As a mark of respect for all the officers fallen in the recently-concluded campaign season, a memorial service was held at the cathedral of Nôtre Dame. The impetus for this service came from the Regiment of the 53rd Fusiliers, and in particular the newly-appointed Regimental Adjutant, one Captain de Mystère, a gentleman already quite well-known to the readership of this journal. The regiments usually hold these services for the fallen at their own churches or chapels, but it is good that they occasionally come together at a more prominent location, as this serves to remind the less politically-aware members of French society of the sacrifices made by the brave few.
Attendance was practically universal, there being present a Colonel or a Lieutenant Colonel from almost every unit. The only regiments not sending representatives were those currently battling at the front. A number of staff officers were also present or sent their proxies - among them Field Marshal Ôpital, who sent his aide, and Generals Failure and Ize of the Second and Third Field Armies, and Lieutenant General Sergeant of the 1st Division, all of whom were there in person. Space forbids listing all the worthies present, as the congregation was swelled by about a hundred members of various military units and the general staff.
At the conclusion of the service, Captain de Mystère had organised a smaller and less formal wake at Red Phillips in honour of one particular departed gentleman, the sadly-missed Captain Char. Almost every member of the Paris social élite attended, the exceptions being Captain Bint and Messrs. Blownaparte and d'And. A creative and generous touch was Captain de Mystère's offer to each guest of a modest wager at the gaming tables at his expense; a gesture that was particularly appreciated as most gentlemen who took advantage of it seem to have profited from it. Much beer was drunk, and the disgraceful cowardice and unsportingness of the perfidious Austrians was dissected at length. After all, who but a coward or knave would find it necessary to face but twelve ounces of French steel with twelve pounds of iron?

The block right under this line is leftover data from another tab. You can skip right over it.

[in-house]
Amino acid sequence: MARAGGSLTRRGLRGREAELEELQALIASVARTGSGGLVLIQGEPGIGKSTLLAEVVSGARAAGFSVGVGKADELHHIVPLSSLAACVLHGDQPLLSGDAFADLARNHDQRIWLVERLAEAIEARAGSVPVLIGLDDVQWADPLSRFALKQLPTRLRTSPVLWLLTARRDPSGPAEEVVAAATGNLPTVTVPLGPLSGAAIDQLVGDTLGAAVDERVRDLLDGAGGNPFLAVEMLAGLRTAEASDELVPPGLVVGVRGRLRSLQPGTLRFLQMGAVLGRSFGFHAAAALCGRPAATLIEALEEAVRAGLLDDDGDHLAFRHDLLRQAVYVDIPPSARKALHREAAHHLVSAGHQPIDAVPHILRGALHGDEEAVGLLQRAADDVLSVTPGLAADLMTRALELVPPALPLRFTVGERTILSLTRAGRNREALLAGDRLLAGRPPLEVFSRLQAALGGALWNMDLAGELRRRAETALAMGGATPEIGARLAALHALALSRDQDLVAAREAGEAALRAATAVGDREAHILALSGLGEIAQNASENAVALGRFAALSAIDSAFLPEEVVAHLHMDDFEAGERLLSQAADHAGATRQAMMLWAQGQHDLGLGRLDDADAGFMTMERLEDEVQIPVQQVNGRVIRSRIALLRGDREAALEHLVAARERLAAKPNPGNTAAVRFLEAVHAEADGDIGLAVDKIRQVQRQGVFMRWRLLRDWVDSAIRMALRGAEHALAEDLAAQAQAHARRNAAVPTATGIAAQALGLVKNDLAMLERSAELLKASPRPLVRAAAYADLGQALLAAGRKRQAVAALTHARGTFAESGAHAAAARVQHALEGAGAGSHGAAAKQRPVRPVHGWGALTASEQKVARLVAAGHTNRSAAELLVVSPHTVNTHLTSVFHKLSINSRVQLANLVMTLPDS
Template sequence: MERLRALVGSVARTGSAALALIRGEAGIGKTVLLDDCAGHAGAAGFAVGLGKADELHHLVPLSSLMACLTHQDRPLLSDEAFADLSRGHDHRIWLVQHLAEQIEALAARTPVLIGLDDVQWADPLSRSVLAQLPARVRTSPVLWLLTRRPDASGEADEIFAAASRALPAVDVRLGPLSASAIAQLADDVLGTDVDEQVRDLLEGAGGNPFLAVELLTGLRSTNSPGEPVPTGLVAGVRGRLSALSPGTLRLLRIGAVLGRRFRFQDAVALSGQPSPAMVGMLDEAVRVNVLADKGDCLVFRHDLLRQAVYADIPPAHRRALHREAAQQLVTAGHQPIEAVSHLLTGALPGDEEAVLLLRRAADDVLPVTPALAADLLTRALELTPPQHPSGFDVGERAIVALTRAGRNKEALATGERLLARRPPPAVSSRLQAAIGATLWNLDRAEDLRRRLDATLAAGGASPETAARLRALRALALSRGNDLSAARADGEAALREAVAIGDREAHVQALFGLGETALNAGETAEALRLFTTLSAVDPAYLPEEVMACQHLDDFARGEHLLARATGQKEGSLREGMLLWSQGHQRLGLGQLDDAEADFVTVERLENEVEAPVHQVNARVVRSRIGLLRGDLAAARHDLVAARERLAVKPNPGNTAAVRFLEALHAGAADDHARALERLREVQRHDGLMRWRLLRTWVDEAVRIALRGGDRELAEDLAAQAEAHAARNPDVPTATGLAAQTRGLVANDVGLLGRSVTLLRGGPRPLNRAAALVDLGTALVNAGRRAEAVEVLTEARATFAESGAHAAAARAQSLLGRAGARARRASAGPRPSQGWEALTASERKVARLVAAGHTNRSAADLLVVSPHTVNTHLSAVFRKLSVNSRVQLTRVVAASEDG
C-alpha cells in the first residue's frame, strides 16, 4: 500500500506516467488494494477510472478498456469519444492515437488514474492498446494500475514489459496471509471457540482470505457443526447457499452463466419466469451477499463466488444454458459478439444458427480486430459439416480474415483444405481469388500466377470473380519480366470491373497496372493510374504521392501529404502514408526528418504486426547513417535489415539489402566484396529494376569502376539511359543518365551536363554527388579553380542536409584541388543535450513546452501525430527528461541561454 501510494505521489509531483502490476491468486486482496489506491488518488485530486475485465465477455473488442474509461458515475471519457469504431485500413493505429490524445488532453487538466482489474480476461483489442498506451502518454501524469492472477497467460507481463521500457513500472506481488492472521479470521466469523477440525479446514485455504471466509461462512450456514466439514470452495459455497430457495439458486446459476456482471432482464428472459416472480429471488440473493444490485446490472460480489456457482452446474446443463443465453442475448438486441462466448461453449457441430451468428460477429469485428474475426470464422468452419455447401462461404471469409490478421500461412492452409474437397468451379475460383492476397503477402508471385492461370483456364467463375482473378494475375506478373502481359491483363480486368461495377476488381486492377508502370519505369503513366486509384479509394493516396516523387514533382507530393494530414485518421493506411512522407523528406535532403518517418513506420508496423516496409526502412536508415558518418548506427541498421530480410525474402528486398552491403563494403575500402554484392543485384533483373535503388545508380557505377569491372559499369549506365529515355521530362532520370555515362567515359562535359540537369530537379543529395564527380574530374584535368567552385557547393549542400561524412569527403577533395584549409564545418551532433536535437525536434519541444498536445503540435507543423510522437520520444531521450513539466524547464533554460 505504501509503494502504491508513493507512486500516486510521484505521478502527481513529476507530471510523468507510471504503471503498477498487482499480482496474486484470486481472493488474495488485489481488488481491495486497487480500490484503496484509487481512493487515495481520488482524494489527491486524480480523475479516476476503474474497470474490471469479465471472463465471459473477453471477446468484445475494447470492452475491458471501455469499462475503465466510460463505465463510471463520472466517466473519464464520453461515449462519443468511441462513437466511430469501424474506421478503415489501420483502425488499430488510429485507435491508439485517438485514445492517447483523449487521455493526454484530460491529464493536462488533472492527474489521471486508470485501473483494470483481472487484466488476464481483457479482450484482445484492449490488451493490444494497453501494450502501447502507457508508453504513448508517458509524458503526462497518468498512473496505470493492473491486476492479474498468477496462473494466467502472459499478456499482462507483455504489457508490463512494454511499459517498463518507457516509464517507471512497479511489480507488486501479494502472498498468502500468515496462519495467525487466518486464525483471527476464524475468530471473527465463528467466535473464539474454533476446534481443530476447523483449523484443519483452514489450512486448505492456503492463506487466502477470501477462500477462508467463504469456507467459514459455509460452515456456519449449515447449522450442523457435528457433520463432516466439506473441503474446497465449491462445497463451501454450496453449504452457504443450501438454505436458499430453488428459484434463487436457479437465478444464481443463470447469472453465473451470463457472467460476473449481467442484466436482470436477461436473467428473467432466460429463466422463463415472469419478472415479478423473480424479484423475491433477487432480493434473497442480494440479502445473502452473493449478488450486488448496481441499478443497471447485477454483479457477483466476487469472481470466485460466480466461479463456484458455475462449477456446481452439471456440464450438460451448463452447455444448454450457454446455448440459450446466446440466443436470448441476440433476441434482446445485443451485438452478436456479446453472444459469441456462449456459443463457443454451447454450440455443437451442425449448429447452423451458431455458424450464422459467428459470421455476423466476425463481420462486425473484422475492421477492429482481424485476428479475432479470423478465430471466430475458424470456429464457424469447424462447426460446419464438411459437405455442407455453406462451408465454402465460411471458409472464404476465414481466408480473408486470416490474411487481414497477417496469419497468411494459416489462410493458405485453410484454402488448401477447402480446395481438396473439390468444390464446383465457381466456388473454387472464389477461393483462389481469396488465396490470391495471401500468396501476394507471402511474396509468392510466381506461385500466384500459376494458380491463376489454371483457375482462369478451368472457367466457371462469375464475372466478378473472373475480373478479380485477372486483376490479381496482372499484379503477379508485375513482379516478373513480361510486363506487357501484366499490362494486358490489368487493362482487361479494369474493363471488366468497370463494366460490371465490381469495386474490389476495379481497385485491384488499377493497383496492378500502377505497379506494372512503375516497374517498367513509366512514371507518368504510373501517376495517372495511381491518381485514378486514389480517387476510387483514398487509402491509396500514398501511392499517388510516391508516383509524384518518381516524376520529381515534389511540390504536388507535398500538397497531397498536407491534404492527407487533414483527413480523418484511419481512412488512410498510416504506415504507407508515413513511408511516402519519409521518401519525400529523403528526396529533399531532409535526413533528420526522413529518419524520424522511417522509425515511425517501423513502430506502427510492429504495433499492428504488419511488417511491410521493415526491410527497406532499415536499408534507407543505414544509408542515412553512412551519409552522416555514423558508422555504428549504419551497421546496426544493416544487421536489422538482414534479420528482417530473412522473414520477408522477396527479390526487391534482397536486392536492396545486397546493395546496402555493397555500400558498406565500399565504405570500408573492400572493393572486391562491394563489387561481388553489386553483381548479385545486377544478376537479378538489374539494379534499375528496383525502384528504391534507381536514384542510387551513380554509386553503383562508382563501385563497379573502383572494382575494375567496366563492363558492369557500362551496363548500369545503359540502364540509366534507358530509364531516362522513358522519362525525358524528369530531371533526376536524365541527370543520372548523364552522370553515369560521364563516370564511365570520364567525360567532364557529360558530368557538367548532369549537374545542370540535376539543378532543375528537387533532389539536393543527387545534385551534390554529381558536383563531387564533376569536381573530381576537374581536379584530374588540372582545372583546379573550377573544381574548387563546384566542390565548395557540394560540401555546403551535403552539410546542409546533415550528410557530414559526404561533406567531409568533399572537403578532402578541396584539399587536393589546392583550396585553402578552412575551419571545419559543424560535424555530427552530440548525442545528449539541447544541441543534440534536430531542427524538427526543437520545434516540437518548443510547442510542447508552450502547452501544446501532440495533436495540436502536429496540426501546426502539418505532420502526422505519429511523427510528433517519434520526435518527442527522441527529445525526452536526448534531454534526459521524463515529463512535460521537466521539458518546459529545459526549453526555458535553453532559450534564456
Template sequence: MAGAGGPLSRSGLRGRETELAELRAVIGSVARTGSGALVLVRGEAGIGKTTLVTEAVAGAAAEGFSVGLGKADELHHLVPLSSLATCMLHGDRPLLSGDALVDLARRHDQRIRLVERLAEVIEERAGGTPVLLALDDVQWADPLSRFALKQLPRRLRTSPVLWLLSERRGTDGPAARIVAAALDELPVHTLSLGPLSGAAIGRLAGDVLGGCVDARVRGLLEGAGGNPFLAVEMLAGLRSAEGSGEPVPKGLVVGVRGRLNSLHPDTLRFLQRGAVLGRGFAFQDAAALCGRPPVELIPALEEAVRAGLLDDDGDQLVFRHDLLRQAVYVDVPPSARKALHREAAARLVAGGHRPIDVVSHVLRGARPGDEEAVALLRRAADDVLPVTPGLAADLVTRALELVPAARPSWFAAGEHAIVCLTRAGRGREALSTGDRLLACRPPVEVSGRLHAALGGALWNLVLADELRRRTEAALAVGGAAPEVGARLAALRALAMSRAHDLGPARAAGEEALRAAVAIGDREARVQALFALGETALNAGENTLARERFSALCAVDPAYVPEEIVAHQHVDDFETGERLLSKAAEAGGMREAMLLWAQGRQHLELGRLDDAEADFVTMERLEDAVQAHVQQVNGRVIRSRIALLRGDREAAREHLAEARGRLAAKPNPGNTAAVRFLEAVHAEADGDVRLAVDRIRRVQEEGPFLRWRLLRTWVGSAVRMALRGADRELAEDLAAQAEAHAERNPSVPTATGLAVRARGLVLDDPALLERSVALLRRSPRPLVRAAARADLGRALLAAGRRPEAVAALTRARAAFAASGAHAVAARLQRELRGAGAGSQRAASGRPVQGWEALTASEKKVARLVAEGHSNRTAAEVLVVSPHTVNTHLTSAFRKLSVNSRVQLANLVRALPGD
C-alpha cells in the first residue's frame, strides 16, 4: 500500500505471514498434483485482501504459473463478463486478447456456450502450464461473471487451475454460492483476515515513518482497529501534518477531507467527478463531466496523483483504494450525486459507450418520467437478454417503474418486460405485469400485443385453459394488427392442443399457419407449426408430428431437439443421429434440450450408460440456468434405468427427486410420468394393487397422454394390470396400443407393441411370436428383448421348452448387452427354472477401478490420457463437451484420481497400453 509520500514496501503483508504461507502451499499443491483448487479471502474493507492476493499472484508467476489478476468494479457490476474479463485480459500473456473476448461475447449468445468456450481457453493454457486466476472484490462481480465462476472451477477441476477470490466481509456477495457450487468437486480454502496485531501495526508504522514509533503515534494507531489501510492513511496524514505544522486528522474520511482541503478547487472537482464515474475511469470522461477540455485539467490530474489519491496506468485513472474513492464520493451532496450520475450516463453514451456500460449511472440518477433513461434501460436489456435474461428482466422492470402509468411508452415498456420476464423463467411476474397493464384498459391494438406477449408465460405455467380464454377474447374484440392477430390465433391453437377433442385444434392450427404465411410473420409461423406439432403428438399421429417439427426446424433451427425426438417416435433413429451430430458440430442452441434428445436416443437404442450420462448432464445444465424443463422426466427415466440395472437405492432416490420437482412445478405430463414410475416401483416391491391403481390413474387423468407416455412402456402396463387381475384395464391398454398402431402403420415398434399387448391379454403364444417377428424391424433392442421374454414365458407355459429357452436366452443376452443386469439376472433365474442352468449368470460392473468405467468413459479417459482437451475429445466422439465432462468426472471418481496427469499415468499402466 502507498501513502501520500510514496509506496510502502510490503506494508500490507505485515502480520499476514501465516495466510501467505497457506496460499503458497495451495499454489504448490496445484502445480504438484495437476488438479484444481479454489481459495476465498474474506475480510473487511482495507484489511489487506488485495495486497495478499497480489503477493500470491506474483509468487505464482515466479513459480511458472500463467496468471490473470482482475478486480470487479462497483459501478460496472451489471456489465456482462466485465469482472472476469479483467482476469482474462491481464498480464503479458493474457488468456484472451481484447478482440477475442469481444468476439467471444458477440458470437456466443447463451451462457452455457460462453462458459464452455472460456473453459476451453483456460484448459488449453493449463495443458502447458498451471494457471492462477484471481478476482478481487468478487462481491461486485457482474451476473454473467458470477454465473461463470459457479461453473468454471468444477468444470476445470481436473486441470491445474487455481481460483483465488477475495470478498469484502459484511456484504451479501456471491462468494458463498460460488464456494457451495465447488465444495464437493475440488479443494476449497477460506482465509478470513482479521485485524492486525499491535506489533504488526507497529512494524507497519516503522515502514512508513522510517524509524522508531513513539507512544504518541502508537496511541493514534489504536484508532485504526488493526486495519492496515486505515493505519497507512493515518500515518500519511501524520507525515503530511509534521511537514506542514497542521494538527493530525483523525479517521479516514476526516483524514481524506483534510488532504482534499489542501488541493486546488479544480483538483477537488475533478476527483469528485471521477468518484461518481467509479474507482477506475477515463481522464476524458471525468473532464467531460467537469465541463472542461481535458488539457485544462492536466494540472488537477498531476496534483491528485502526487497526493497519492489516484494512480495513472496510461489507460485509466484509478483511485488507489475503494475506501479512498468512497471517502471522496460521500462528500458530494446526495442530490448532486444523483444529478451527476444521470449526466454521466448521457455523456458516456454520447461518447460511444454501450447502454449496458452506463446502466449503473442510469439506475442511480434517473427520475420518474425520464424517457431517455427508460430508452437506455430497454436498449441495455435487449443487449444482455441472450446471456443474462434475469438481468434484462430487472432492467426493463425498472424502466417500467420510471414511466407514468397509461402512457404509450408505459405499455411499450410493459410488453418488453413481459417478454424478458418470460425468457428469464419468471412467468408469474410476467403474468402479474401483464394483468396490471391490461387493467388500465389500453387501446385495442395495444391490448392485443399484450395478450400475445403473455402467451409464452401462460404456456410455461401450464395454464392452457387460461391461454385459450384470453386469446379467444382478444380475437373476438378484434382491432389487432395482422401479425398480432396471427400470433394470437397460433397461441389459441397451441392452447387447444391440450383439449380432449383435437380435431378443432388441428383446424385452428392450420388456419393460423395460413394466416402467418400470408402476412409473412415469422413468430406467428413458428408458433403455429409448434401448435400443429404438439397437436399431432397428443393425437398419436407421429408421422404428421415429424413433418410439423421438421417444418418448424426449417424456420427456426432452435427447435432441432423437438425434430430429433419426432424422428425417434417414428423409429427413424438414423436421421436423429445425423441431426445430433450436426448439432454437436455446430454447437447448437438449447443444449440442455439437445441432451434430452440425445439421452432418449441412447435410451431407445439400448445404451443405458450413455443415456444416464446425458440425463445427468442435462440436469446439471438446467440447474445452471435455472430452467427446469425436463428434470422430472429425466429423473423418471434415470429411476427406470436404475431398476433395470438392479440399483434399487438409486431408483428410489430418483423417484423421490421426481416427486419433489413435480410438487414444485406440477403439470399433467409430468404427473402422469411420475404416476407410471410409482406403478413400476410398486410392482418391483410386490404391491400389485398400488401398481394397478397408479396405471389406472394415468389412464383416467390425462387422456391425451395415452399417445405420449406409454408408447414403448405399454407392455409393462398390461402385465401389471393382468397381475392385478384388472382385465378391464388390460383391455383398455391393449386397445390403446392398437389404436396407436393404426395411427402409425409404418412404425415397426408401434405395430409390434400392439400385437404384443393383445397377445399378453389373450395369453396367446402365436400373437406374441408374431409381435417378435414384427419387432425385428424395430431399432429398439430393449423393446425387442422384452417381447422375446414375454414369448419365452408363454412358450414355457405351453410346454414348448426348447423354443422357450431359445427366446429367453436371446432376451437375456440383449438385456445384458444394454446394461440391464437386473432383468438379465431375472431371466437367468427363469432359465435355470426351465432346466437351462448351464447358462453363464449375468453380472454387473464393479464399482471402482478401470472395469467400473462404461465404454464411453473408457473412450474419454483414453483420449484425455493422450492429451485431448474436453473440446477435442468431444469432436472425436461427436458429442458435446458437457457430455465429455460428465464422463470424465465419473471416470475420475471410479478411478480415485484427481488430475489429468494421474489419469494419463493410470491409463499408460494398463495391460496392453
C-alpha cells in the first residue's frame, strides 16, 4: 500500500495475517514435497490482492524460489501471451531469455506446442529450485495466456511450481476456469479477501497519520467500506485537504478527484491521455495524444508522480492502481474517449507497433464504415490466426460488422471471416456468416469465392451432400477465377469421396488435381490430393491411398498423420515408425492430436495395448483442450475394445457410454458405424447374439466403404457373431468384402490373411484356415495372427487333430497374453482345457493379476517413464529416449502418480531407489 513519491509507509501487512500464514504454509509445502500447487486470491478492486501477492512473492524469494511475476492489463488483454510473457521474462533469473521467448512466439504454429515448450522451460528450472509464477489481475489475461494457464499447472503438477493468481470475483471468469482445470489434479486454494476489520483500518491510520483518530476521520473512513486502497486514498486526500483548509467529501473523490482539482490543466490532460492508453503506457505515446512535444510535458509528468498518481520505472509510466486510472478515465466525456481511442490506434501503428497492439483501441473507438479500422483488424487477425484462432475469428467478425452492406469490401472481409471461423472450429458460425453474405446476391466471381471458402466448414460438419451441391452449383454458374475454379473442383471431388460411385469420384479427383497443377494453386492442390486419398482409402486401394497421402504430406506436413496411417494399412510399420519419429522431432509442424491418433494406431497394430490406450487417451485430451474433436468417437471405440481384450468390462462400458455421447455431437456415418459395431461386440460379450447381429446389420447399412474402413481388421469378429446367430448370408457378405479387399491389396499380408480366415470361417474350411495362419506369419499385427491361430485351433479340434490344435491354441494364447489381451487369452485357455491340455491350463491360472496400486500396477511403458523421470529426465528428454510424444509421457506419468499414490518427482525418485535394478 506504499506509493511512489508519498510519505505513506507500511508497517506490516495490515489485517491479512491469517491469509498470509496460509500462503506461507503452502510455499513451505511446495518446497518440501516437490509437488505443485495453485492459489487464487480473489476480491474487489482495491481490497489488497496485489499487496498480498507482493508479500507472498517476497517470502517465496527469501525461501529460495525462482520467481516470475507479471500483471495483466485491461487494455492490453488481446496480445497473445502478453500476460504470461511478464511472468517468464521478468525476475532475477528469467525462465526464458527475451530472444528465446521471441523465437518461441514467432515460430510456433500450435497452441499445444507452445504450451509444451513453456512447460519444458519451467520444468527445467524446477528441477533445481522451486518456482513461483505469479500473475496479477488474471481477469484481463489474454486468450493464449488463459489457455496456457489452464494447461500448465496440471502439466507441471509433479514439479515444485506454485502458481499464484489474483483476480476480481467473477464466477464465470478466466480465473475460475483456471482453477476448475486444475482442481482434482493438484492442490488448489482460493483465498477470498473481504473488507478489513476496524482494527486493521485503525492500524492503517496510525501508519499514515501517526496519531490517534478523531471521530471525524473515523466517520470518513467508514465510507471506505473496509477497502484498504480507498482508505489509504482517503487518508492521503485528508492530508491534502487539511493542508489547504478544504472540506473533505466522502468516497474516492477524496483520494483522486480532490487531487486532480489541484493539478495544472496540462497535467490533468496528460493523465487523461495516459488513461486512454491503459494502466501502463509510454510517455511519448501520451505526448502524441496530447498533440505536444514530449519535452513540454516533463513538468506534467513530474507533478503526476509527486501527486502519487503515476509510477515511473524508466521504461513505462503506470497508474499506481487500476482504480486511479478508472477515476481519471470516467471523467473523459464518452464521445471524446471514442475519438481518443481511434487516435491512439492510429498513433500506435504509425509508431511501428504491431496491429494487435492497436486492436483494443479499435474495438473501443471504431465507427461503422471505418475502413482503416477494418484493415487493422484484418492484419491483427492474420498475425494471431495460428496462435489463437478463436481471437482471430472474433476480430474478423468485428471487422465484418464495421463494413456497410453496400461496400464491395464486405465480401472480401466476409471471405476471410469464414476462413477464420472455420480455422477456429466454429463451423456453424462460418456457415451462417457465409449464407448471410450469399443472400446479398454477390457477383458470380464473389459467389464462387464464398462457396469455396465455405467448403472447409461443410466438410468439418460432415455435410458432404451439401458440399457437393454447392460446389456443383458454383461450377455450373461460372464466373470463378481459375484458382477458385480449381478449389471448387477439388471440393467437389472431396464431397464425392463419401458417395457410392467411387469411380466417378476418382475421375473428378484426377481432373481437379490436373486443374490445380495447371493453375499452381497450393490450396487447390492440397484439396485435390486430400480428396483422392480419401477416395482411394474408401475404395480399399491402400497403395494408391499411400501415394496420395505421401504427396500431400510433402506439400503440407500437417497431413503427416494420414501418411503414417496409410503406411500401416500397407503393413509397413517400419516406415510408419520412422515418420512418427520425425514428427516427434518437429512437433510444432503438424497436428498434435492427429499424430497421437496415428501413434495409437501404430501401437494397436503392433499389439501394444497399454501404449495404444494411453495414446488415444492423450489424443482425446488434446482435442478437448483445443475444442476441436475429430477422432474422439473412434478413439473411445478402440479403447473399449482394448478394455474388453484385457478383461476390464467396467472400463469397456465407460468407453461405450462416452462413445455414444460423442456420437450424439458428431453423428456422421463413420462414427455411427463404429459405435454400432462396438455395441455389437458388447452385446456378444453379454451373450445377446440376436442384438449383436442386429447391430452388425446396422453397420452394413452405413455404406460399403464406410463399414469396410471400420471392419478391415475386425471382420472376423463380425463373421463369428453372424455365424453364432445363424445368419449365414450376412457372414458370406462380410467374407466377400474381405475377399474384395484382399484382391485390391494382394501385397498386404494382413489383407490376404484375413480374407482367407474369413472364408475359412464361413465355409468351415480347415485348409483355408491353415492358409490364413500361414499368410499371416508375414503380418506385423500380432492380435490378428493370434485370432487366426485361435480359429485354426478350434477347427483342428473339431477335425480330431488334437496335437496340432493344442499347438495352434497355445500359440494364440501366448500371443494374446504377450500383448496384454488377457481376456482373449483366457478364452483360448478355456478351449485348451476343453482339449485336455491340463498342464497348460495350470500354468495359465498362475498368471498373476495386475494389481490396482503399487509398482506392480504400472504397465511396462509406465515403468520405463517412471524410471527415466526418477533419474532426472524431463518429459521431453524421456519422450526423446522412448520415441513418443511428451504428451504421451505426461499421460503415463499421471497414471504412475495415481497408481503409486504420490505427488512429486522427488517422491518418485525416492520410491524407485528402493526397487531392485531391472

Also at the wake, Captain de Mystère announced that he had arranged for the creation of a suitable memorial to his former comrade in the form of a silver tankard. This he had had inscribed «The Captain Alexander Montpelier Xavier Char (Deceased) Esquire Memorial Drinking Tankard,» which legend encircled the tankard in a graceful spiral of about 2½ revolutions. All gentlemen present agreed that this was a fitting tribute to the late Captain Char.
M. Laurent de Lambe, who had worked as M. Char's loyal batman for many weeks, was of course present, and he had a number of anecdotes about his former employer. He also expounded at great length about ghosts and the unknown, and his tales left a definite atmospheric chill in the air. At least one member of the audience seemed cynical about these tales, as there was a susurrus of sotto vocce heckling, but when this reporter attempted to track down the doubter to canvass him further on his contradictory views he proved more elusive than a ghost. Several men were seen to shudder visibly as de Lambe continued his tales, including this reporter, but in my case it was become some puerile prankster I was not able to locate blew cold air in my ear.
One thing which could have been a bone of contention was the presence of both Captain de Fromage and Captain de la Maison, who are regimental enemies. However, the two gentlemen agreed that for them to duel at a gathering dedicated to the memory of fallen officers would be a shameful travesty. Sadly, I am unable to report which wag commented, «What about a bit of company for the departed?» at this point. Several people looked round to see who had spoken, presumably including the culprit, who thereby covered his tracks.